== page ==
The decision of how many arrow you put in your quiver for a day’s hunting is an interesting one and, possibly, not one that’s given a lot of thought…until it’s too late.
One thing is almost certain for every hunter, for 99% of the time you will have more arrows in your quiver than you will need.
The number of arrows you might want with you might depend on whether you’re only on a single day hunting trip or a multi-day trip.
Even if it’s, say, a 3 day hunting trip, you should only need an extra 4 or 5 arrows on top of the 3 in your quiver.
It also depends on a few other factors such as:
- How far from your truck, cabin or camp you’re hunting
- What part of the season you’re hunting in: early, mid or late
- The game you’re going after
- Do you fancy also shooting at some small game while you’re out?
Any or all of these factors will determine not only the number of arrows in your quiver but also the types of heads on the arrows, the thickness of the arrows and also their weight.
For more experienced hunters, the decisions around arrows will be second nature. For the inexperienced it could cause some serious indecision and angst.
We’re going to go through a few possible scenarios that might help work out, not only how many arrows you put in your quiver, but also what you might use them for.
To make things a little easier, we’re going to assume that the primary hunting target is whitetail deer.
Arrows in the Quiver For a Single Day Hunt
While it’s true that most bow quivers can hold anywhere from 3 to 7 arrows you don’t necessarily have to fill it with broadheads when you head into the field.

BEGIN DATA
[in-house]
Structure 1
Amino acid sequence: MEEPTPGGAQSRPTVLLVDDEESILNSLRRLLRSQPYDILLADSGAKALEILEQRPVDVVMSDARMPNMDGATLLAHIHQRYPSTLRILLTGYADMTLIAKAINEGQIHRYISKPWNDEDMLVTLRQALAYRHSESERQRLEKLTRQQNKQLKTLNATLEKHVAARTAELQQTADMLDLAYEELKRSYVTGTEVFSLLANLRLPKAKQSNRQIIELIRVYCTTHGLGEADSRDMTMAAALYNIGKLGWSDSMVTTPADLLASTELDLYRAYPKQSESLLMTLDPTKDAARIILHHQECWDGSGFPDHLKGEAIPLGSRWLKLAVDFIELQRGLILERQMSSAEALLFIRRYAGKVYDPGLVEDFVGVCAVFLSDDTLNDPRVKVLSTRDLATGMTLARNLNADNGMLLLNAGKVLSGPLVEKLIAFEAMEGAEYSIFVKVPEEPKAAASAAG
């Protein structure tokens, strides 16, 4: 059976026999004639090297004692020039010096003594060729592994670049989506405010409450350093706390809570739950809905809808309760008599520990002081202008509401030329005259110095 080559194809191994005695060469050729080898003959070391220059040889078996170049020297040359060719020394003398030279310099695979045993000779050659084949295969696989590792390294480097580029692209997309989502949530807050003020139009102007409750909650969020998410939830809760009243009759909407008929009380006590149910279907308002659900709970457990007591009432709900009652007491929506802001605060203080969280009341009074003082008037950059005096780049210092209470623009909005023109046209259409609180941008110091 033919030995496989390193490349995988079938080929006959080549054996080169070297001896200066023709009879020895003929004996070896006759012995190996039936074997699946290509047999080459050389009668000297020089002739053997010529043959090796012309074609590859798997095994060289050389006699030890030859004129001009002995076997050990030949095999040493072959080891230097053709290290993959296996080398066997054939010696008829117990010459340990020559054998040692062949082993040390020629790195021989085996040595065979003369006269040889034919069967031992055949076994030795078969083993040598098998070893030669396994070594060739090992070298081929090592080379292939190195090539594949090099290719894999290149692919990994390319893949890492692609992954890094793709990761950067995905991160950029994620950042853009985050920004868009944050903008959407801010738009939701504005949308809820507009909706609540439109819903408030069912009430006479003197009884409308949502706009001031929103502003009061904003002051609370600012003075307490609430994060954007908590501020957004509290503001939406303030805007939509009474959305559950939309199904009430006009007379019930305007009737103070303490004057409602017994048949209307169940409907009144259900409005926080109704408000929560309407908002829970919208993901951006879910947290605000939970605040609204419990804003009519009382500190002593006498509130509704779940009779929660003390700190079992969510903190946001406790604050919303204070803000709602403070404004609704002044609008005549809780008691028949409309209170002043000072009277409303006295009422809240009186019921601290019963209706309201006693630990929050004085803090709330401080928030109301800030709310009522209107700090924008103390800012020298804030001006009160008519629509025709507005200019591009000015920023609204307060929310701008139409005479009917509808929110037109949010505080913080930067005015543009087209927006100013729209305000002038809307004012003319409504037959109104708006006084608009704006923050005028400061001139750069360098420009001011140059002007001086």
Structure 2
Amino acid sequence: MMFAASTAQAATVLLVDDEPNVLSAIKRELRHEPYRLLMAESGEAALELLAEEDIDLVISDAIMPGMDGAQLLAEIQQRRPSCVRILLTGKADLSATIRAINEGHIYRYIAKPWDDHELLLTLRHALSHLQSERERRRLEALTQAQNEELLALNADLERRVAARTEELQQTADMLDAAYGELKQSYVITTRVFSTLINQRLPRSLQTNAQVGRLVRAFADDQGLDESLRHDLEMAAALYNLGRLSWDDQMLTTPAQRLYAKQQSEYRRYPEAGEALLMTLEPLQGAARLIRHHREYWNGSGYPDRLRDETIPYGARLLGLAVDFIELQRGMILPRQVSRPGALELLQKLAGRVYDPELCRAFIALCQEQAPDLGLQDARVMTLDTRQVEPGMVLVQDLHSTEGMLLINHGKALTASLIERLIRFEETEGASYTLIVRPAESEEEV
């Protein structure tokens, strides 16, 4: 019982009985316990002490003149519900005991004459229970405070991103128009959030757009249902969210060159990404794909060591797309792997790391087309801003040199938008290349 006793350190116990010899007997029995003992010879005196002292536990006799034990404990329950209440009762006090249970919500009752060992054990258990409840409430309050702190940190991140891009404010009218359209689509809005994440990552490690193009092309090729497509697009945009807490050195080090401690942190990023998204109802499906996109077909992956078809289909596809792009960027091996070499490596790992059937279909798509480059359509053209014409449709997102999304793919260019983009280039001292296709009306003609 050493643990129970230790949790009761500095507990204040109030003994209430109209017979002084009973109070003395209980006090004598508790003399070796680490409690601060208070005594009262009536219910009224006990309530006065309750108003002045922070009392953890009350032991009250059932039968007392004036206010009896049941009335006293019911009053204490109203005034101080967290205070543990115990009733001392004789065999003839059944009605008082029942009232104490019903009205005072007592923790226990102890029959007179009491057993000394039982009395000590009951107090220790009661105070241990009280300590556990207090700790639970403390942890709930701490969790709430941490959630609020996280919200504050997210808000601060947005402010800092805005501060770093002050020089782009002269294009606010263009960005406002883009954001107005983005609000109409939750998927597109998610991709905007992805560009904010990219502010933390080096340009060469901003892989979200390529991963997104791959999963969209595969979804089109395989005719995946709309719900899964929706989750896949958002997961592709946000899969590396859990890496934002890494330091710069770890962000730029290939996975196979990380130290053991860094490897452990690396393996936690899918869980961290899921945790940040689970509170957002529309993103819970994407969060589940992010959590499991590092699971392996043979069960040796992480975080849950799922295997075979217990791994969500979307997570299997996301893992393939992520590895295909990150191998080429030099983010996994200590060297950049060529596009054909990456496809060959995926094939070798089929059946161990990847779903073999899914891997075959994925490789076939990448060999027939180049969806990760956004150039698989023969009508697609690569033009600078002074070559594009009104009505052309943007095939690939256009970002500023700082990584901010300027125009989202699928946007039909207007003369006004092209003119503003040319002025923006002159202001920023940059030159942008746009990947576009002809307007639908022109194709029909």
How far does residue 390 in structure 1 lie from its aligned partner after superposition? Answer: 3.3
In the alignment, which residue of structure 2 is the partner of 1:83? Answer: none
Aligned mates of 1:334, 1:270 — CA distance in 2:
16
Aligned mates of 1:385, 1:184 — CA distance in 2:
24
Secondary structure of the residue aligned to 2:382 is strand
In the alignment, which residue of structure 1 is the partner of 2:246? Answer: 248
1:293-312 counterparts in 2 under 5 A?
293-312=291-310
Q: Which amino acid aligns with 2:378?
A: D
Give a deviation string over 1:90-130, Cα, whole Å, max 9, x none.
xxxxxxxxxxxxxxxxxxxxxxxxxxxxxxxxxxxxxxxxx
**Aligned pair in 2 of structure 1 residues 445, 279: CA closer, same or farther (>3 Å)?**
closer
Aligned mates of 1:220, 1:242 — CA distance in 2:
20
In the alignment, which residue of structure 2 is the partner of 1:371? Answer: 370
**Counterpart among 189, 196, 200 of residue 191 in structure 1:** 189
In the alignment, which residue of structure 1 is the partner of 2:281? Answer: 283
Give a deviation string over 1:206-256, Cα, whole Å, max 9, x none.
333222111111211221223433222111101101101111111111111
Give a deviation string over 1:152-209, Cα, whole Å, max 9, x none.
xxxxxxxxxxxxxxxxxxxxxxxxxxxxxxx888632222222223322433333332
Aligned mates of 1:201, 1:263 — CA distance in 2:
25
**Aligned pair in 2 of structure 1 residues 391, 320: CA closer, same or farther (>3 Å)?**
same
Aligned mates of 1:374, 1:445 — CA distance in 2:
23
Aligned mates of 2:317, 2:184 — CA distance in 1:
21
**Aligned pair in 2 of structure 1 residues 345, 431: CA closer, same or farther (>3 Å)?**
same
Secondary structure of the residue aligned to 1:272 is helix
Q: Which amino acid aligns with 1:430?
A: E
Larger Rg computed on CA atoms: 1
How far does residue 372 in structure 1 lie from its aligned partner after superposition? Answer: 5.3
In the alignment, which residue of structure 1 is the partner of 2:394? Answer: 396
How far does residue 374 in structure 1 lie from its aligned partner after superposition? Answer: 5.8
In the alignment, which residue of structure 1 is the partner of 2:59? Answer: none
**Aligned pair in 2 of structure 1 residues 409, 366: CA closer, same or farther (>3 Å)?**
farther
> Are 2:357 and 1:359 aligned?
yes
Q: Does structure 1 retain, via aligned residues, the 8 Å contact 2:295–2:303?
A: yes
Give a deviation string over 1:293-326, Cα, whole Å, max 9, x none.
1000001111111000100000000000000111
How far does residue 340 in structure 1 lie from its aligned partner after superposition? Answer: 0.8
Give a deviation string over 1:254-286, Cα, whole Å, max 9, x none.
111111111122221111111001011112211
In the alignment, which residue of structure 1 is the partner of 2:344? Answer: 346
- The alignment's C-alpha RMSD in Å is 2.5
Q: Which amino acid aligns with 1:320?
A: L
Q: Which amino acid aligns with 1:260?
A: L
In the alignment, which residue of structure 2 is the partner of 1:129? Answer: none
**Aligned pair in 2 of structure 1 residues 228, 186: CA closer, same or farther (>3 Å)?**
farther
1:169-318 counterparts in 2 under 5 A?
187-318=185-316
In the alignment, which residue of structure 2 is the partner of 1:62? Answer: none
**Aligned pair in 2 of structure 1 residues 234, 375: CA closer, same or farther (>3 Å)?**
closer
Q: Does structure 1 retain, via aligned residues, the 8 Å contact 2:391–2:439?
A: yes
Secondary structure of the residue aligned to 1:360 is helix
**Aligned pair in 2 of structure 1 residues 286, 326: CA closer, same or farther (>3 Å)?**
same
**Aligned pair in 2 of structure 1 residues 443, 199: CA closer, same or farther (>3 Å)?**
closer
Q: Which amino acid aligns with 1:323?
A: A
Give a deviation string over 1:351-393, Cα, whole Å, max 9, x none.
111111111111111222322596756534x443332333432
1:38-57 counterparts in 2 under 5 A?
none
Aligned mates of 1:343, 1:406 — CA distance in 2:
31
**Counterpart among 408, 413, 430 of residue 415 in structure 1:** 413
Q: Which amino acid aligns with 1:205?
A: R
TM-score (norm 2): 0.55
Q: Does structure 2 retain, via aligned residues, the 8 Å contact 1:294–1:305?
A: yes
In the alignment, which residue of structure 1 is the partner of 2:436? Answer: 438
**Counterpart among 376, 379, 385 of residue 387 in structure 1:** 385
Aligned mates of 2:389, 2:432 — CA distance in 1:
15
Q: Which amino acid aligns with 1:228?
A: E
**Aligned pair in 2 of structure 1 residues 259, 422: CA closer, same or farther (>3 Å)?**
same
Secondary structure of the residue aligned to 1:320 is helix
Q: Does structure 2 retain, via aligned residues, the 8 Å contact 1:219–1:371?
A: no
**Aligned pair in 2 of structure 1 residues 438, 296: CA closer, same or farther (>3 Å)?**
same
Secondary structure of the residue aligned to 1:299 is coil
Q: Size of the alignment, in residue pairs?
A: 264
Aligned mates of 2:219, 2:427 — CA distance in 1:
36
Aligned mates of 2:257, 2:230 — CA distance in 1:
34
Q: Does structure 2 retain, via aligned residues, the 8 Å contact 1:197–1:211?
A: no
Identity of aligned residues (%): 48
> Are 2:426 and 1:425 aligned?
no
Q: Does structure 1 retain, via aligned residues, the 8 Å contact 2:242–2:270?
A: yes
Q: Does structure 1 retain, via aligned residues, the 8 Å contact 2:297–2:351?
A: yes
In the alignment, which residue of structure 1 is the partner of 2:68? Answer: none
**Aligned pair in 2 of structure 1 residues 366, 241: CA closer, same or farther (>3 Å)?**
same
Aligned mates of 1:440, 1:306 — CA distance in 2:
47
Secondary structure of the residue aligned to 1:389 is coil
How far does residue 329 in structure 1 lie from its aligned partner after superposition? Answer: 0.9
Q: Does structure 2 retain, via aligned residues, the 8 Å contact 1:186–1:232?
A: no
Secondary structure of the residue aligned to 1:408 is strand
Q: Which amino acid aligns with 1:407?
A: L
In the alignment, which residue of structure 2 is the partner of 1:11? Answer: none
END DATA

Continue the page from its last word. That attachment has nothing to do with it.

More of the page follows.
When deer hunting you can expect to need only 3 arrows at most. After all, it’s only on rare occasions that you’ll get the chance for a second arrow at a buck.
In fact, a lot of hunters admit they can sometimes go for the majority of the season and not use all 3 of their broadhead tipped deer hunting arrows.
When weight savings is such a big factor while hunting, it might not make sense to fill your quiver up with arrows you’re unlikely to use.
But even if you only take 3 deer hunting arrows with you, you might add a couple of extra arrows, perhaps one with a judo head for small game and another field point for grouse or other small game bird.
Arrows in the Quiver For a Multi-Day Hunt
Things are a little different if you’re hunting over multiple days. In this case we’re thinking anywhere from 3 to 7 days.
It is usual to bring along extra arrows as well as spare broadheads in case something happens to your starting set. Some people prefer to simply add another 3 or 4 arrows to their pack while others are more comfortable bringing the full dozen, safe in the knowledge they are covered should anything disastrous happens.
The extras are going to remain back at camp each day.
The arrow or arrows that are likely to get the most use are the field point tipped arrows. They’re for practice at the end of the day.
Once again, though, the tips of the spare set of arrows will be a range of different broadheads to cover a variety of hunting scenarios.
It will depend on the game you’re seeing each day.
Are you seeing a lot of does each day or will you be going after a buck? This could have a big influence on the arrow combination that goes into your quiver.
Let’s try to be a little more specific about what you might take in your quiver for specific times of the hunting year. We’ll give a few for instances to provide reasons for your arrow choices.
Early Season Hunt
In the early season you’re unlikely to be going after bucks so your quiver should reflect that with the arrows you put in it.
Here are three suggestions for what arrow combination you might put in your quiver for a single day hunt.
If you’re single-minded about hunting deer, the 3-arrow quiver is a perfect option.
With 3 arrows your goal is most likely going to be to harvest a single doe.
So your arrows are likely going to be on the lightweight side and tipped with a solid broadhead.
We’ll assume you’re still targeting does, but you’re also going to be keeping an eye out for the chance to take small game such as a pesky squirrel.